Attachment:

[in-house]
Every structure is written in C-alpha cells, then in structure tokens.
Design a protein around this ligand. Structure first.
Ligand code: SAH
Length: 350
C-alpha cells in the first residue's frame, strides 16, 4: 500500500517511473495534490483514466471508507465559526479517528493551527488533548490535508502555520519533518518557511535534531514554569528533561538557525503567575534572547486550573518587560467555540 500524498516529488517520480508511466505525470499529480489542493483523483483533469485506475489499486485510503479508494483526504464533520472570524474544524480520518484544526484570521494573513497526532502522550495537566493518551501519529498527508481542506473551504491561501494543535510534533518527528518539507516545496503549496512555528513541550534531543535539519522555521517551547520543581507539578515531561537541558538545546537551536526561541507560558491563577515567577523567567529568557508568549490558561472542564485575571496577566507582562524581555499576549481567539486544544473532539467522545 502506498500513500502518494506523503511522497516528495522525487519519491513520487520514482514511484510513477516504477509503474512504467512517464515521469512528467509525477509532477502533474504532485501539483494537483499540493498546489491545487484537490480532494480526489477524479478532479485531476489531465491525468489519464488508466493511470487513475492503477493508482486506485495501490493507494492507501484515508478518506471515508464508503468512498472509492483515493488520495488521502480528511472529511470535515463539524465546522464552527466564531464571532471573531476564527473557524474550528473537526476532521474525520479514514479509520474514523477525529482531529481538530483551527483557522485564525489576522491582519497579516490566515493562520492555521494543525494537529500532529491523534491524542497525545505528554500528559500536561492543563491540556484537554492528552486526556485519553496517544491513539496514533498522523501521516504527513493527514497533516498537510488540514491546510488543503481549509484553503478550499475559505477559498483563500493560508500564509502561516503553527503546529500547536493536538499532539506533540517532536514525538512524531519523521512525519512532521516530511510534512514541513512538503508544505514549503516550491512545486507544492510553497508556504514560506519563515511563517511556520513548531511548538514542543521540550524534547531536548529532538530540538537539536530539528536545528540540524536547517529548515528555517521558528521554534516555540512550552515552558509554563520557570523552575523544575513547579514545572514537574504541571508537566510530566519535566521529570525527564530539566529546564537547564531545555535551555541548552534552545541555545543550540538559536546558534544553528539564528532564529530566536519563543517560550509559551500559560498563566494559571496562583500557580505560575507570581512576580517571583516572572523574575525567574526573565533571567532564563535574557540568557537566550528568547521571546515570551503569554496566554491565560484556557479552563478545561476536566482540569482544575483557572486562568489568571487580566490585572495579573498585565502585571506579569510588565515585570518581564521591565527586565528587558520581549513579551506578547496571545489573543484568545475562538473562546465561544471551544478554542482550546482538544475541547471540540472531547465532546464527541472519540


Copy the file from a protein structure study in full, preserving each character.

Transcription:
[in-house]
Every structure is written in C-alpha cells, then in structure tokens.
Design a protein around this ligand. Structure first.
Ligand code: SAH
Length: 350
C-alpha cells in the first residue's frame, strides 16, 4: 500500500517511473495534490483514466471508507465559526479517528493551527488533548490535508502555520519533518518557511535534531514554569528533561538557525503567575534572547486550573518587560467555540 500524498516529488517520480508511466505525470499529480489542493483523483483533469485506475489499486485510503479508494483526504464533520472570524474544524480520518484544526484570521494573513497526532502522550495537566493518551501519529498527508481542506473551504491561501494543535510534533518527528518539507516545496503549496512555528513541550534531543535539519522555521517551547520543581507539578515531561537541558538545546537551536526561541507560558491563577515567577523567567529568557508568549490558561472542564485575571496577566507582562524581555499576549481567539486544544473532539467522545 502506498500513500502518494506523503511522497516528495522525487519519491513520487520514482514511484510513477516504477509503474512504467512517464515521469512528467509525477509532477502533474504532485501539483494537483499540493498546489491545487484537490480532494480526489477524479478532479485531476489531465491525468489519464488508466493511470487513475492503477493508482486506485495501490493507494492507501484515508478518506471515508464508503468512498472509492483515493488520495488521502480528511472529511470535515463539524465546522464552527466564531464571532471573531476564527473557524474550528473537526476532521474525520479514514479509520474514523477525529482531529481538530483551527483557522485564525489576522491582519497579516490566515493562520492555521494543525494537529500532529491523534491524542497525545505528554500528559500536561492543563491540556484537554492528552486526556485519553496517544491513539496514533498522523501521516504527513493527514497533516498537510488540514491546510488543503481549509484553503478550499475559505477559498483563500493560508500564509502561516503553527503546529500547536493536538499532539506533540517532536514525538512524531519523521512525519512532521516530511510534512514541513512538503508544505514549503516550491512545486507544492510553497508556504514560506519563515511563517511556520513548531511548538514542543521540550524534547531536548529532538530540538537539536530539528536545528540540524536547517529548515528555517521558528521554534516555540512550552515552558509554563520557570523552575523544575513547579514545572514537574504541571508537566510530566519535566521529570525527564530539566529546564537547564531545555535551555541548552534552545541555545543550540538559536546558534544553528539564528532564529530566536519563543517560550509559551500559560498563566494559571496562583500557580505560575507570581512576580517571583516572572523574575525567574526573565533571567532564563535574557540568557537566550528568547521571546515570551503569554496566554491565560484556557479552563478545561476536566482540569482544575483557572486562568489568571487580566490585572495579573498585565502585571506579569510588565515585570518581564521591565527586565528587558520581549513579551506578547496571545489573543484568545475562538473562546465561544471551544478554542482550546482538544475541547471540540472531547465532546464527541472519540